• Static stretches are what you remember from high school gym class – holding a hamstring or quad stretch for 20 seconds, and then switching sides. If you research the topic, you’ll find many scholarly articles that debate the effectiveness of static stretching before activity and whether static stretches actually hinder performance. The consensus of many of the studies indicates that static stretches are best for use during cool down, to help improve range of motion and flexibility, and to help muscles relax.
  • Dynamic stretches, on the other hand, involve constant movement. Dynamic stretching helps prepare the body for activity in a sport-specific manner. These stretches can help improve range of motion and are an active way to stretch the body, increase blood flow to muscles, and prepare for activity. An example of a dynamic stretch is a stationary leg swing. Using a partner for balance, swinging the leg straight forward and backward will not only warm up the leg muscles, it will also improve range of motion, flexibility, and prepare the legs for activity. Leg swings are a great dynamic stretch for any activities that involve running.

3. Include ACL prevention exercises.

You may be surprised to learn that females are eight times more likely to sustain an anterior cruciate ligament (ACL) injury than their male counterparts. Whether it’s based on muscle strength, gait, or body alignment, the fact is, all children should consider incorporating ACL prevention exercises into their warm-ups or strengthening routines. Here are three great resources that demonstrate ACL prevention exercises:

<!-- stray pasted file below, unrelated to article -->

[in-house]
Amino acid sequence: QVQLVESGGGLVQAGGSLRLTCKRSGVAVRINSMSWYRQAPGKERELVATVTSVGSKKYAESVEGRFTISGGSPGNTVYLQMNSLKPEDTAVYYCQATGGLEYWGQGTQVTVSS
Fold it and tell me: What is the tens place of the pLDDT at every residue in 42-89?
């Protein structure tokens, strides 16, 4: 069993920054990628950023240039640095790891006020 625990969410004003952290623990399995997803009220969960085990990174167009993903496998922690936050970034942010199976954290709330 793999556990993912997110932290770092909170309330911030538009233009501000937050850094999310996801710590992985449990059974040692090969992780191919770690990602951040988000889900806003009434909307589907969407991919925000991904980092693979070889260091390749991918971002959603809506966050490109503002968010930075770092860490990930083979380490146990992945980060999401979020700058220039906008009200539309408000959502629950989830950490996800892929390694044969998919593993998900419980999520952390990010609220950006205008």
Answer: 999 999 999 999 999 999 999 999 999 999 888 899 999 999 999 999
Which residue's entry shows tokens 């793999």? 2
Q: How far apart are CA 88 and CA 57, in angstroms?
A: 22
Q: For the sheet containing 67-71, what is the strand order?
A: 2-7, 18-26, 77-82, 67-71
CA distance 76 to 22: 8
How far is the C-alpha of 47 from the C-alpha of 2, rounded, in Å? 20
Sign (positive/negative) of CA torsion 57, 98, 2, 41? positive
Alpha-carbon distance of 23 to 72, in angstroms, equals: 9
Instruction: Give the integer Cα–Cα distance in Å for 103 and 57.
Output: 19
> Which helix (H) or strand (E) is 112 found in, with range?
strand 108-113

4. Take care after activity.

What they do after recreational activities is almost as important as their preparation. After any sport or recreational activity, be sure to encourage your kids to cool down, stretch out, and take care of any injuries, no matter how minor they may seem. Taking care after activity can help muscles recover faster and can help improve range of motion and flexibility. If your child has general muscle soreness or injury, consider the correct treatment after an injury – like the use of ice or heat.

5. Focus on strengthening exercises.

In the days between practices or in the off-season, consider getting your kids involved in strengthening programs. This doesn’t mean trying to turn them into body builders; instead, the focus is to build functional strength to enhance performance and prevent injury. Simple things like body-weight squats and lunges, push-ups, and sits ups can go a long way in building functional strength and preventing injury.

6. Get some rest and always have fun.

Getting involved in sports and recreational activities is a great idea for kids, but overdoing it can cause over-use injuries. Remember that activities should always be fun, and be sure that your kids get plenty of time to rest and rejuvenate!

Have you talked to your kids about the importance of injury prevention? Please share your tips and advice with us in the comments!

Sources:

Centers For Disease Control And Prevention: Sports Injuries: The Reality
Children’s Hospital Of Wisconsin: Sports Injury Statistics
Safe Kids Worldwide: Preventing Sports Related Injuries

Topics: Family Safety, Back to School